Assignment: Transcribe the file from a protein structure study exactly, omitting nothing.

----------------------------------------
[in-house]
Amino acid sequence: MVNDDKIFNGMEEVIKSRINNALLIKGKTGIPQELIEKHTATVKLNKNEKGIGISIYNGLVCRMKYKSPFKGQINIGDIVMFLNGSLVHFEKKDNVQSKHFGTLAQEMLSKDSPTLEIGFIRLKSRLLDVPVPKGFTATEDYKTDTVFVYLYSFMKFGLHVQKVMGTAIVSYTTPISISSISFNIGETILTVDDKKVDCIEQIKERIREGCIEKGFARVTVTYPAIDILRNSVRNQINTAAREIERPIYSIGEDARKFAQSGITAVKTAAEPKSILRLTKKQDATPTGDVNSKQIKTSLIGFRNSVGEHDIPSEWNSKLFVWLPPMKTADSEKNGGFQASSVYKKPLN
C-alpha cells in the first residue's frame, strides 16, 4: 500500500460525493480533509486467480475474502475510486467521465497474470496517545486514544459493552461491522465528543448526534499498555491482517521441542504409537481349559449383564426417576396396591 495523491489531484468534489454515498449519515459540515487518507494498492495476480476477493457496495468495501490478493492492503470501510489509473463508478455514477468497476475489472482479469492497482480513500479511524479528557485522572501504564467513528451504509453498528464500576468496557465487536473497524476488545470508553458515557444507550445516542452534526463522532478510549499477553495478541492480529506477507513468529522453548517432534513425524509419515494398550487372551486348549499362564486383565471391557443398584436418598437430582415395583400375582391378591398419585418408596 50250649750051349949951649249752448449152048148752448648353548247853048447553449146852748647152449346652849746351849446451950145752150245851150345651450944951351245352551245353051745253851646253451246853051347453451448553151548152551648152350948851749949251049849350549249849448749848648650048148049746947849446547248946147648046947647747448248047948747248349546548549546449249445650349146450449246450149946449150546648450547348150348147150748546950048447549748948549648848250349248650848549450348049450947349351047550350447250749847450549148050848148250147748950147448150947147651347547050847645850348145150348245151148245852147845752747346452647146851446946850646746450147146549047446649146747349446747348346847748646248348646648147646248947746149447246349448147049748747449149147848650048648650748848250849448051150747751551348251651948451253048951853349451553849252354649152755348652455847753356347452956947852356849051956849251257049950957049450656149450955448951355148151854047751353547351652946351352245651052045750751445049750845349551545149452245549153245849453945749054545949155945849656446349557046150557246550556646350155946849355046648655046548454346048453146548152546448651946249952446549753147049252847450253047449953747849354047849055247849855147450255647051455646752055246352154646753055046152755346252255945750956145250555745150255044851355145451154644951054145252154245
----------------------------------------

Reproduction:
[in-house]
Amino acid sequence: MVNDDKIFNGMEEVIKSRINNALLIKGKTGIPQELIEKHTATVKLNKNEKGIGISIYNGLVCRMKYKSPFKGQINIGDIVMFLNGSLVHFEKKDNVQSKHFGTLAQEMLSKDSPTLEIGFIRLKSRLLDVPVPKGFTATEDYKTDTVFVYLYSFMKFGLHVQKVMGTAIVSYTTPISISSISFNIGETILTVDDKKVDCIEQIKERIREGCIEKGFARVTVTYPAIDILRNSVRNQINTAAREIERPIYSIGEDARKFAQSGITAVKTAAEPKSILRLTKKQDATPTGDVNSKQIKTSLIGFRNSVGEHDIPSEWNSKLFVWLPPMKTADSEKNGGFQASSVYKKPLN
C-alpha cells in the first residue's frame, strides 16, 4: 500500500460525493480533509486467480475474502475510486467521465497474470496517545486514544459493552461491522465528543448526534499498555491482517521441542504409537481349559449383564426417576396396591 495523491489531484468534489454515498449519515459540515487518507494498492495476480476477493457496495468495501490478493492492503470501510489509473463508478455514477468497476475489472482479469492497482480513500479511524479528557485522572501504564467513528451504509453498528464500576468496557465487536473497524476488545470508553458515557444507550445516542452534526463522532478510549499477553495478541492480529506477507513468529522453548517432534513425524509419515494398550487372551486348549499362564486383565471391557443398584436418598437430582415395583400375582391378591398419585418408596 50250649750051349949951649249752448449152048148752448648353548247853048447553449146852748647152449346652849746351849446451950145752150245851150345651450944951351245352551245353051745253851646253451246853051347453451448553151548152551648152350948851749949251049849350549249849448749848648650048148049746947849446547248946147648046947647747448248047948747248349546548549546449249445650349146450449246450149946449150546648450547348150348147150748546950048447549748948549648848250349248650848549450348049450947349351047550350447250749847450549148050848148250147748950147448150947147651347547050847645850348145150348245151148245852147845752747346452647146851446946850646746450147146549047446649146747349446747348346847748646248348646648147646248947746149447246349448147049748747449149147848650048648650748848250849448051150747751551348251651948451253048951853349451553849252354649152755348652455847753356347452956947852356849051956849251257049950957049450656149450955448951355148151854047751353547351652946351352245651052045750751445049750845349551545149452245549153245849453945749054545949155945849656446349557046150557246550556646350155946849355046648655046548454346048453146548152546448651946249952446549753147049252847450253047449953747849354047849055247849855147450255647051455646752055246352154646753055046152755346252255945750956145250555745150255044851355145451154644951054145252154245